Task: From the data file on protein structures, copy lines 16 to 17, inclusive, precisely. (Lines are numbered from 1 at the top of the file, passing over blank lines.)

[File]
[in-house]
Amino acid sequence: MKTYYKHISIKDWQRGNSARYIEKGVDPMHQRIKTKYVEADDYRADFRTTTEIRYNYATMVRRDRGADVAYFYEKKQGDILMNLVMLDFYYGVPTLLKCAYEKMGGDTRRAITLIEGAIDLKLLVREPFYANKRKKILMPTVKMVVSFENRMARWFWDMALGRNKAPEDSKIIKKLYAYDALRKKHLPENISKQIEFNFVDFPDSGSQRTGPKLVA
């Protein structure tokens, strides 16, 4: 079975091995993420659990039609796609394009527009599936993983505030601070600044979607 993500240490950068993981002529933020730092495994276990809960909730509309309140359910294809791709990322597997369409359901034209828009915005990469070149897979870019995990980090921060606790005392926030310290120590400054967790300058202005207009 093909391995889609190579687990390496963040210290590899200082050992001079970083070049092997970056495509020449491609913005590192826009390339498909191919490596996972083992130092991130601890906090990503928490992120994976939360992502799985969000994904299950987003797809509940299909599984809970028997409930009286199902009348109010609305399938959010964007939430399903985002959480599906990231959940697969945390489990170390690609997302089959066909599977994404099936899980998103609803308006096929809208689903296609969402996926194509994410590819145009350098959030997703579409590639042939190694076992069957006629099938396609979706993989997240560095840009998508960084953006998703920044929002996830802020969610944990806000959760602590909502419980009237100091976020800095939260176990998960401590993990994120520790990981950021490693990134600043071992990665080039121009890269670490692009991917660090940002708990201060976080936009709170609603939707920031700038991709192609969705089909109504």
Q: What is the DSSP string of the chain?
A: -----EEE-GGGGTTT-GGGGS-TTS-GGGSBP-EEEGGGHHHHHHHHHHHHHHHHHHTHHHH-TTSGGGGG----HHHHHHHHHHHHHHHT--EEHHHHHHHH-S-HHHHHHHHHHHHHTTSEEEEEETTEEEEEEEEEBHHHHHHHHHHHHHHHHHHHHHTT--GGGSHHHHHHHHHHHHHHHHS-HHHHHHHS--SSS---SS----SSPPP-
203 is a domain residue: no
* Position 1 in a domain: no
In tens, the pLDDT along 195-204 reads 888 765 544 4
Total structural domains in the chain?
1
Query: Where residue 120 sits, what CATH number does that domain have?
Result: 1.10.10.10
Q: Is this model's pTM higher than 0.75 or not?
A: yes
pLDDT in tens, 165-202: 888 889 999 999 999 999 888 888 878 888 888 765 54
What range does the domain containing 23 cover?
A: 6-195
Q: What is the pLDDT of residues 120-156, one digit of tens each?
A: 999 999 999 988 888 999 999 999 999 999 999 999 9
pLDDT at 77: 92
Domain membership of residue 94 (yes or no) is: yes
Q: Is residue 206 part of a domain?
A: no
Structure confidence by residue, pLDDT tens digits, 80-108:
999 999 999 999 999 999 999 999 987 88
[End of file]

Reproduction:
What range does the domain containing 23 cover?
A: 6-195